The cataclysm that happened in 1992 in Los Angeles, whether one calls it a riot or a rebellion is more of a political question, it was both a symptom and a cause of further intensity of feelings among groups. In fact, within Los Angeles, not only was there a movement among African Americans to fight police misconduct, but there was also increasing concern and conflict and edginess between African Americans and Latinos. Then you had white voters in the San Fernando Valley, eventually beginning a movement to secede from the city of Los Angeles.
It's almost like things breaking apart in different directions, alienations of different types in different communities. Again, that helped lay the groundwork for Prop 187 in that I think there was very little common ground among a whole host of communities. You had Democrats divided, you had Republicans angry and alienated. Basically, there was just a lot of ill-feeling. It really eventually wiped out the Tom Bradley Coalition in Los Angeles, who, who stepped down after five terms in 1993, a lot of the elected officials moved on having difficulty navigating this time.
If one was going to propose a very simple and harsh measure that would pin all these ills on immigrants and it would mainly be seen as immigrants from Mexico, then this was a time that it was going to be profitable to do that. It's really worth remembering that you can't read history backwards from today to 1994 and even to 1990. It's more a matter of looking at that period as when today's politics was formed out of the raw materials of the 1980s and the 1990s. That's a long way of saying that Republicans were not so anti-immigrant in the 1980s and the 1990s, in some ways, for the very reasons that Democrats were divided over immigration.
The business community saw immigration as a useful part of their own agenda in terms of having a larger labor force, perhaps often an ununionized labor force. Democrats were sympathetic to immigrants but worried about the impact of it on unions and union membership in California and in the country. It's hard for people to believe that in 1986, President Ronald Reagan signed a bill that was widely known as an amnesty bill, which today would, of course, be completely toxic in the Republican Party, or that Pete Wilson had been previously seen as a US Senator as favorable to increasing the numbers of workers coming in from Mexico and relaxing some of the obstacles to that. Whereas Democrats weren't so sure that without labor protections, that would be a good idea.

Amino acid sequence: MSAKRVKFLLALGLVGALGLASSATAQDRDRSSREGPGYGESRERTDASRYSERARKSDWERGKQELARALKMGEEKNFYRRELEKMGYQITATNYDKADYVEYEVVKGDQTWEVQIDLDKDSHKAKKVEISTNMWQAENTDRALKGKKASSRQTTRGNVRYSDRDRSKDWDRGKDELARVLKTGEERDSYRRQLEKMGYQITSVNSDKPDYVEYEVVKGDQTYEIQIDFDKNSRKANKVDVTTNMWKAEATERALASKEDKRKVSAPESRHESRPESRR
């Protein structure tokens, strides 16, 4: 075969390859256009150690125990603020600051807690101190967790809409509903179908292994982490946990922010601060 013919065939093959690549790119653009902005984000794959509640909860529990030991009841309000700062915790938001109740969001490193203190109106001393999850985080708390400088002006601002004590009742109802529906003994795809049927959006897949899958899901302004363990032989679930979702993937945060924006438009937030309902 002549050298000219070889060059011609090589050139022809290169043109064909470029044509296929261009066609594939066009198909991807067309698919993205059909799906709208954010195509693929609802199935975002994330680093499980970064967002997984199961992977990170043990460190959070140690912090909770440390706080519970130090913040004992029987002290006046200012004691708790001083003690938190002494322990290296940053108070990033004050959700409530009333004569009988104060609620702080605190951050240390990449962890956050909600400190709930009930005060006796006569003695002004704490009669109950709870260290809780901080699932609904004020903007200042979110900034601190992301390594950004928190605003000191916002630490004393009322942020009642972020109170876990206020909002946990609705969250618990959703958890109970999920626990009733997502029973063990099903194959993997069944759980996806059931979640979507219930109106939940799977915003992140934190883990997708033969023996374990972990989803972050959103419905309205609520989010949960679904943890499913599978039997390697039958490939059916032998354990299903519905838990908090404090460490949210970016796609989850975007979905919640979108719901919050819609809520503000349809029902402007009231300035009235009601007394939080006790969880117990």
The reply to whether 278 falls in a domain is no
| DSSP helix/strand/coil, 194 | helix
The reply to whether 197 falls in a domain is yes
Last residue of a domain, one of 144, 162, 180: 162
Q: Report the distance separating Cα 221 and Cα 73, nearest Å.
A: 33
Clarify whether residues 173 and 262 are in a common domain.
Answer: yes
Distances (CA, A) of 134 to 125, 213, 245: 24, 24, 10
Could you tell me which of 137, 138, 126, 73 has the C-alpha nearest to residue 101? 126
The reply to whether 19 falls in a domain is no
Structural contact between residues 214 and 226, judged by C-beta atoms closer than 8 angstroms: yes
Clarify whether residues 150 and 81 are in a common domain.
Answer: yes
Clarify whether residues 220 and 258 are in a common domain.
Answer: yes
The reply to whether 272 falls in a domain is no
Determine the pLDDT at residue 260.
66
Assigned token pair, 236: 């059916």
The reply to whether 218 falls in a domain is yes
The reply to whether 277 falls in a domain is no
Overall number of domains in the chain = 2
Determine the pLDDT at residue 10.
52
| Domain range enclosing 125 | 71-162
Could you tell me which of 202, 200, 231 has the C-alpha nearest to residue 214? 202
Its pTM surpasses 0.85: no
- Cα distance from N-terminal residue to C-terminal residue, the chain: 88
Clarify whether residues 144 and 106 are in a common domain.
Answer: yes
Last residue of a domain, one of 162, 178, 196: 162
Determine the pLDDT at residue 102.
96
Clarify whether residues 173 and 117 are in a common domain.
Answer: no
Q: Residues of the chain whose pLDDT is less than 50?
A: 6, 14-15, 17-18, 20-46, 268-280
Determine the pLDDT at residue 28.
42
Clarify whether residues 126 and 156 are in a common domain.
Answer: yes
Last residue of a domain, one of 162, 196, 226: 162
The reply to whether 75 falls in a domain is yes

It's a way of saying things were a lot more undetermined about who was going to be where on immigration, but as the Republican governor began to suffer politically going into his reelection in 1994, things began to fall into place in a different way, that immigration was now going to become a conservative Republican issue. Limitation on immigration, making it hard for people to come here, making it hard for people to stay here, the battle over public services. That's what's so significant about Prop 187. This was a wide-open debate crossing party lines in the '80s and the '90s, but Prop 187 changed all of that. I think it happened in a way that ultimately hurt the Republican Party, but certainly helped them in some ways and became the foundation of Donald Trump's campaign for president many decades later.